Never has Wi-Fi been so high-performing, and so confusing.
With 802.11ac Wave 2 in the house, wireless LAN (WLAN) customers are being courted by vendors and value added resellers with promises of enormous throughputs and fantastic features. It's an exciting time for everyone who sells, installs or uses Wi-Fi, but I'm here to tell that all is not what it seems. I've been doing wireless networking every day for more than 15 years, and I have seen many a hype cycle come and fade, with the next big high-speed wireless access thing always right around the corner.
What I'm about to share isn't meant to burst bubbles or kill a good Wi-Fi buzz -- but, every now and then, an injection of reality is good for everyone. Call it management of expectations or just putting a finer point on things, but as Paul Harvey used to say, we need to hear the rest of the story.
802.11ac is huge, but it's fickle
I just finished reading one vendor's promotional material on their high-speed wireless access Wave 2 gear. If you take it as delivered, every client device that hits the 802.11ac Wave 2 network will "get" 1.7 Gbps. That's it: You'll get that every time.
First of all, there's no real clarity to what that even means. Too many WLAN vendors don't differentiate between data rates and throughput. In this case, we're talking data rates. But this is Wi-Fi, and it's still shared media, just like it has been since the original 802.11 standard first brought 1 and 2 Mbps data rates. And just as you had to cut those original data rates in half to get approximate throughputs, you have to do the same with the latest high-speed wireless access standards. It's not quite that cut and dry, but it's still a good rule of thumb: whatever your data rate is in Wi-Fi will be roughly double what your achievable throughput is. So, a 1.7 Gbps data rate gets you around 850 Mbps of throughput in a perfect world. But as they like to say, there's more.
A quick aside: If you actually can get that 1.7 Gbps data rate, and you expect to realize that ballpark 850 Mbps, it's all going to depend on what your network destination is. If you're connected to a local server, that's one thing. Heading off to the internet? If the pipe out doesn't have the capacity, you're at the mercy of the capacity that it does have. You might have a huge data rate, but the internet is a frequent bottleneck. Reality is reality.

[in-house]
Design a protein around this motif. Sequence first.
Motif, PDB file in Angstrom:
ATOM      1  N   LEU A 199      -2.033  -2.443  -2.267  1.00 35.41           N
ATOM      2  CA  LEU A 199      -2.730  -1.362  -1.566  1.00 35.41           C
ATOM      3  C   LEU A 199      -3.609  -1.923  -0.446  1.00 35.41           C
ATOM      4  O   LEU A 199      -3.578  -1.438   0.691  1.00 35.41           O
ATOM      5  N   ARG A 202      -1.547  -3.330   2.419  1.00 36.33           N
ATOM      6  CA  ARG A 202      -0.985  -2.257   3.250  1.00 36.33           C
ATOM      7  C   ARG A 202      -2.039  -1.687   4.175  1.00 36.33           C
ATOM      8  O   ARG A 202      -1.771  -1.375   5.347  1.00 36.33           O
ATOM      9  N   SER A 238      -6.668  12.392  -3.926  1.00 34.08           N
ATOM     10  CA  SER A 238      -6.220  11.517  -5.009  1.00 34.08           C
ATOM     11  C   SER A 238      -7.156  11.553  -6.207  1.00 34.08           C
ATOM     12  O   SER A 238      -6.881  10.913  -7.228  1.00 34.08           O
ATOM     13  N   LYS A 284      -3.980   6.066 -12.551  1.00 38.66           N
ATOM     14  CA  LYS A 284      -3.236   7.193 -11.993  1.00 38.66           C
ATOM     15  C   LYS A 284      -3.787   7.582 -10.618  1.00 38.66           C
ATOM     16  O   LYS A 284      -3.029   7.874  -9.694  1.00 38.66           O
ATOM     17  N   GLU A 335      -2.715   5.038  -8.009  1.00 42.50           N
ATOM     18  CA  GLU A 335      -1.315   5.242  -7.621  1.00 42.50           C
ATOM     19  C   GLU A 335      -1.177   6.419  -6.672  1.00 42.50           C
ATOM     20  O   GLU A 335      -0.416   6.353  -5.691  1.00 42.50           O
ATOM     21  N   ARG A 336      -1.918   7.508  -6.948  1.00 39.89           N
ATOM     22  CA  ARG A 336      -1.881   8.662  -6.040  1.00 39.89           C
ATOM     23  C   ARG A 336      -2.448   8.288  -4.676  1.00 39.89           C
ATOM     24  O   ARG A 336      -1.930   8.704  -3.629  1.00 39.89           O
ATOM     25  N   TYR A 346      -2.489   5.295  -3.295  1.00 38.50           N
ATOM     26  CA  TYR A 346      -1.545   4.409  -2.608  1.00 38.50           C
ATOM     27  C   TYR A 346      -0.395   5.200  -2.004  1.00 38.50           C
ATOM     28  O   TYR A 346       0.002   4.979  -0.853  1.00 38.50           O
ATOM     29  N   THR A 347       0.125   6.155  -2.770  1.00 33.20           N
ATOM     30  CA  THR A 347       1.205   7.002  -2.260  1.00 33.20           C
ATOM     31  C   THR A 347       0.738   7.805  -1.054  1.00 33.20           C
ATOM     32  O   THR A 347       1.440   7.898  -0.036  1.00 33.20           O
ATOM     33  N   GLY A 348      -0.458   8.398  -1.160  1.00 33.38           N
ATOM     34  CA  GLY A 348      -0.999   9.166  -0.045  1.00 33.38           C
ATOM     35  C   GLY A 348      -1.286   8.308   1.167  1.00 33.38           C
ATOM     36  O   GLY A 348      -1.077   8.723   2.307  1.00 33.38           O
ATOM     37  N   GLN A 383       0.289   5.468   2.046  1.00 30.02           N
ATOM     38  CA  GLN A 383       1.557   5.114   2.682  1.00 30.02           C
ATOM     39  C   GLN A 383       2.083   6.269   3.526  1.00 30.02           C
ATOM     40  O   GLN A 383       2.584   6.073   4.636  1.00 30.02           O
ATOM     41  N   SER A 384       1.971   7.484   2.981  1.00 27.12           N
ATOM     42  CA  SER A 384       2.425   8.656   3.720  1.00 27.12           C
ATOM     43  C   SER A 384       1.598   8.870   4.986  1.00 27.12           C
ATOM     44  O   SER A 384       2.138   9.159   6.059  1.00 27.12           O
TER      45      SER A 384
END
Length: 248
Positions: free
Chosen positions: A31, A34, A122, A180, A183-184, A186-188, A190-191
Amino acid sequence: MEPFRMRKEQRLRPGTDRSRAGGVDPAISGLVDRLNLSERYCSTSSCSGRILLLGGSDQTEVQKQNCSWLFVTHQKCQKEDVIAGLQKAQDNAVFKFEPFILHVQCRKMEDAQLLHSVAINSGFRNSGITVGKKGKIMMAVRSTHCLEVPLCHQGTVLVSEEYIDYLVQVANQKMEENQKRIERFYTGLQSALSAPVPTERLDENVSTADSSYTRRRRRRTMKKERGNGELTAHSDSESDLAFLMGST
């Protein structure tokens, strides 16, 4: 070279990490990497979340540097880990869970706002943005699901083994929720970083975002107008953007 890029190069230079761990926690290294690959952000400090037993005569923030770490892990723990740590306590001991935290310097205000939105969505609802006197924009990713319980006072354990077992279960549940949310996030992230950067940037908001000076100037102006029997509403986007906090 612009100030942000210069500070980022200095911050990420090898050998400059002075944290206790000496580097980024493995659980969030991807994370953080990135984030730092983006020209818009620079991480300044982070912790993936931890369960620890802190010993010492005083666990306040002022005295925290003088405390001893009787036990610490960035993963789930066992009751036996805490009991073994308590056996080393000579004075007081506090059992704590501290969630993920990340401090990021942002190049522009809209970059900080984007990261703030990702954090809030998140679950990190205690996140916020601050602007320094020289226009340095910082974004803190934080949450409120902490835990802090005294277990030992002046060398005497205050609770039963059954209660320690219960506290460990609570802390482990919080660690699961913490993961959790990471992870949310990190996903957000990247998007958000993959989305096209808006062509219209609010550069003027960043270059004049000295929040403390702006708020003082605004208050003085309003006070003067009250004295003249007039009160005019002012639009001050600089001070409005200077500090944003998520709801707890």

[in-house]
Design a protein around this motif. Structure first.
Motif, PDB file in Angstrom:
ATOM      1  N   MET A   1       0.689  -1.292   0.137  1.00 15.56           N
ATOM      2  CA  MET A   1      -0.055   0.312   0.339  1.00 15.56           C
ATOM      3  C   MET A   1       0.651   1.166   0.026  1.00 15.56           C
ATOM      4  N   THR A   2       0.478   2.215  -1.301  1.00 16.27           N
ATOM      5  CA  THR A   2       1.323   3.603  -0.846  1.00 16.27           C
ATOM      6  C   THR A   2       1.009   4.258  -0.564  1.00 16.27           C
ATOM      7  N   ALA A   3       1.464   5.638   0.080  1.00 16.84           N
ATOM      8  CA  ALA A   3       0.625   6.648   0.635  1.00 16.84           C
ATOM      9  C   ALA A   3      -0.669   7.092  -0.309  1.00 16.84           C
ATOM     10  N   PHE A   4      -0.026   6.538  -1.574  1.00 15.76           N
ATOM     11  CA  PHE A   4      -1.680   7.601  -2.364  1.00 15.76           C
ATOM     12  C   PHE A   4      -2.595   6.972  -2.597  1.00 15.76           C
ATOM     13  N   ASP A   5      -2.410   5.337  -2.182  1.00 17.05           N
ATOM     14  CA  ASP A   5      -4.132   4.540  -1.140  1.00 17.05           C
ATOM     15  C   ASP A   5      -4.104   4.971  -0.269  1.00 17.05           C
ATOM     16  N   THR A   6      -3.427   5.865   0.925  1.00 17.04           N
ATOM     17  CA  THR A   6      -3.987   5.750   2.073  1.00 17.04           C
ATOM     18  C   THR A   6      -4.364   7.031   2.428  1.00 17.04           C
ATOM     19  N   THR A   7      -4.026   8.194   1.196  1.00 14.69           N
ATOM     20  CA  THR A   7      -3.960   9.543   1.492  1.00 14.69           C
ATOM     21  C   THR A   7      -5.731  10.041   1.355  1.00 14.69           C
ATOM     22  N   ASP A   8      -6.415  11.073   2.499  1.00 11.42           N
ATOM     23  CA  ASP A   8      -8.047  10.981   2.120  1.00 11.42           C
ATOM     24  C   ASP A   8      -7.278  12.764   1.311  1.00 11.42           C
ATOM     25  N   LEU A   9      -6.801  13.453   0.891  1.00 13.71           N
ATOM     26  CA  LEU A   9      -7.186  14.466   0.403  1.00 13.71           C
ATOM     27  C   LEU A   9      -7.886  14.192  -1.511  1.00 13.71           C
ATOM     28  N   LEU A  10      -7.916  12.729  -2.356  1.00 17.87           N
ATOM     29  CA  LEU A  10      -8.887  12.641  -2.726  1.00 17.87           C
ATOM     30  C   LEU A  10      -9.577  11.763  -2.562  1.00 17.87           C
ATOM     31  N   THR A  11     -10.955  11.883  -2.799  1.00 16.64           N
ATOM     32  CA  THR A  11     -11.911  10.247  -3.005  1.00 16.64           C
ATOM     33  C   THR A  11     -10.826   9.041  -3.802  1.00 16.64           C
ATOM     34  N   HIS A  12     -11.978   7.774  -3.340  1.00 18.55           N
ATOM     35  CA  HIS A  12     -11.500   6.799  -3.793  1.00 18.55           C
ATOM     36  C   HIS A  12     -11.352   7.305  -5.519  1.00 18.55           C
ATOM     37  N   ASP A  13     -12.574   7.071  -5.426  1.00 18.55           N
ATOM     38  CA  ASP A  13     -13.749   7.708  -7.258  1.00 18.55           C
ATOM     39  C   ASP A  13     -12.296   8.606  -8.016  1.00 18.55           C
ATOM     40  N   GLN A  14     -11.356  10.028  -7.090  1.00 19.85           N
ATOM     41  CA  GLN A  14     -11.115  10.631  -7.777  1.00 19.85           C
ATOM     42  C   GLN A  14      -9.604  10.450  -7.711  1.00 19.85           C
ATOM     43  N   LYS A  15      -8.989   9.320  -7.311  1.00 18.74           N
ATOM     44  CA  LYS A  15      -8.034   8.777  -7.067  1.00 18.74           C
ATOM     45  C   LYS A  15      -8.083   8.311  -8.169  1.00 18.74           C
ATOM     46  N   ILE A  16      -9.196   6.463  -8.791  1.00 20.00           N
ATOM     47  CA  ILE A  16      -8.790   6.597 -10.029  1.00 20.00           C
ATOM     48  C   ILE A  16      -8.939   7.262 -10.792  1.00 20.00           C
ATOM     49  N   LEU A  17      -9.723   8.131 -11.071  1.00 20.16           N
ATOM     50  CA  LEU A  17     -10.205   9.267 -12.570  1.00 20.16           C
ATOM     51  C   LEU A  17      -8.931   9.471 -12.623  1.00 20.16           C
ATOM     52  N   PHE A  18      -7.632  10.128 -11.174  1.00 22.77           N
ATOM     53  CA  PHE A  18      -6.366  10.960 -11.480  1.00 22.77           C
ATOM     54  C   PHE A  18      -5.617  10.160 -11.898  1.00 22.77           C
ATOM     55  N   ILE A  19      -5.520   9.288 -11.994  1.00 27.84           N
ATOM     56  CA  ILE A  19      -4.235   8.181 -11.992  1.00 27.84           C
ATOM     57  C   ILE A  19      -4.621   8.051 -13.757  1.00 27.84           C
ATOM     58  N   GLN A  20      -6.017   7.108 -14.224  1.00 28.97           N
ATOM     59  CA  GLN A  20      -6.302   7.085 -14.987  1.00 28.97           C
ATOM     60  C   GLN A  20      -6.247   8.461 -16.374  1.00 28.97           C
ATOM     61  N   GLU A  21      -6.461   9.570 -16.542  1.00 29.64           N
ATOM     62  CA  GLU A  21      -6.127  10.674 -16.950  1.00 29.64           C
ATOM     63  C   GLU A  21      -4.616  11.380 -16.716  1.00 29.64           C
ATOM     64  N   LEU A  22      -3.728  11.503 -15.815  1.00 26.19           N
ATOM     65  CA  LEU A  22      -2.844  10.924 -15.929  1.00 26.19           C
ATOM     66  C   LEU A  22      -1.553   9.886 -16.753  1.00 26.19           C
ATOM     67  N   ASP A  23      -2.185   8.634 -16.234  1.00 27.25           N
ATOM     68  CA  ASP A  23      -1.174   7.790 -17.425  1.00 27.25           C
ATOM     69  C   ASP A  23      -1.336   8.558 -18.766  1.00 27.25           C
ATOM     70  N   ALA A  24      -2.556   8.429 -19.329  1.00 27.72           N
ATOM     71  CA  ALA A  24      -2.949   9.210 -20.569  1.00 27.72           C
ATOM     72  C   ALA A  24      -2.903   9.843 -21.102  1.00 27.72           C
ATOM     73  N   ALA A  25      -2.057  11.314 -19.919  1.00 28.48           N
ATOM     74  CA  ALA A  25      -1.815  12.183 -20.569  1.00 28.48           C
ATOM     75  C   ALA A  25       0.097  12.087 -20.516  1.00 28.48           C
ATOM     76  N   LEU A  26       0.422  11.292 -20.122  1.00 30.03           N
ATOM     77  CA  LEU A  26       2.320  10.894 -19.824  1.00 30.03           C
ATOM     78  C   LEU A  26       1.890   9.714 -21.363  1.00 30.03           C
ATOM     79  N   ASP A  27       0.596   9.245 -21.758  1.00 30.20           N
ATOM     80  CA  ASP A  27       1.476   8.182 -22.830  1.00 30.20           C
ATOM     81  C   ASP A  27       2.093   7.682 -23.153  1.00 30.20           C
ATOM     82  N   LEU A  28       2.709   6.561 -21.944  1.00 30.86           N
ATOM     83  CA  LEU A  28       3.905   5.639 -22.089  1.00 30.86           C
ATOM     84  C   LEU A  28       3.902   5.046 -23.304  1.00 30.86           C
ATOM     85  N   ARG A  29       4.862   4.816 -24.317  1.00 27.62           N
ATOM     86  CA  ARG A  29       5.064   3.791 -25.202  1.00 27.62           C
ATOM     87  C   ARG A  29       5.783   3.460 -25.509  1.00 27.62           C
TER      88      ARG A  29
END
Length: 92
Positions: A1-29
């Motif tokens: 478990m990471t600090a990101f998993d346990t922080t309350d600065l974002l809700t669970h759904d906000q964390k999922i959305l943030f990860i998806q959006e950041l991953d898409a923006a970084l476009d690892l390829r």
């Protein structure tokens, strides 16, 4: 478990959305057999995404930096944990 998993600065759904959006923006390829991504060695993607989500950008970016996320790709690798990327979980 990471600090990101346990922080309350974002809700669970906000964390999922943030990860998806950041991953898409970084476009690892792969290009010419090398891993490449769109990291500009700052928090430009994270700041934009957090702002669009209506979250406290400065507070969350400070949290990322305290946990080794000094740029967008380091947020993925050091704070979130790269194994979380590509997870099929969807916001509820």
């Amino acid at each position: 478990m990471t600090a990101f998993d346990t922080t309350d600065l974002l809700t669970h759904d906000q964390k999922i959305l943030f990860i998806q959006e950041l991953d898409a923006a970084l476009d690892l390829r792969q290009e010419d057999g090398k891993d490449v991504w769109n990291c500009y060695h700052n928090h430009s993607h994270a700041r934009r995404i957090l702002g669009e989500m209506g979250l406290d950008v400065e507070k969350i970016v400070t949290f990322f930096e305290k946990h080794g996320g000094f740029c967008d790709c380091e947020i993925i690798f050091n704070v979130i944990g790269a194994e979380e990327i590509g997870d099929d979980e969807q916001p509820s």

For high speed to work, many factors come into play
Let's get back to that Wave 2 high-end throughput thing. It is amazing that we're using the Gigabit suffix with wireless data rates at all; it really is. And properly designed 802.11ac high-speed wireless access cells will be better than past Wi-Fi technologies every time.
But a lot of factors need to line up before you'll get the high-end numbers showing in your wireless utility. First, you'll need to have a client adapter that matches the radio capabilities of the access point (AP). If a 4x4 (Editor's note: four transmitters and four receivers) AP can push that 1.7 Gbps, you'll need a 4x4 client (Editor's note: four transmitters and four data, or spatial, streams) to match. And those don't generally exist right now. So, let's say you have a really good 3x3 laptop. That'll get you a top end data rate of around 1.3 Gbps. A good mobile device that can only do 1x1 won't deliver anything above 100 Mbps, even under ideal conditions. See how that contextless 1.7 Gbps thing doesn't really stand up?
It gets worse.
High-speed wireless access performance also relies on a number of configuration and environmental factors. Signal bars aren't enough. If you can't achieve good enough signal-to-noise ratio, your client can't achieve the sophisticated modulation types required for the highest rates. And those high-speed wireless rates also require wider channels than most WLAN experts recommend using in dense wireless environments. Wide channels mean less usable channels in Wi-Fi's allotted spectrum, and effective channel reuse is crucial to the dense WLAN environments typical in many business Wi-Fi scenarios. It's complicated, highly variable and often confusing to the outsider.
It's not really lying, but it ain't exactly the truth
Our reality is that Wi-Fi marketing is often at odds with good design practices and the realities of networking that happens over the air. I've heard marketers say things like, "It's too complicated to explain in detail," and, "Everyone says the same stuff; don't worry about it." Perhaps they're right on both accounts, but those who install high-speed wireless access know that, at minimum, the whole truth isn't told when big numbers are dropped in the PR materials with no backing context. WLAN users deserve to know Wi-Fi reality, too. It's a nuanced, variable reality that transcends most anything you'll read in marketing materials.
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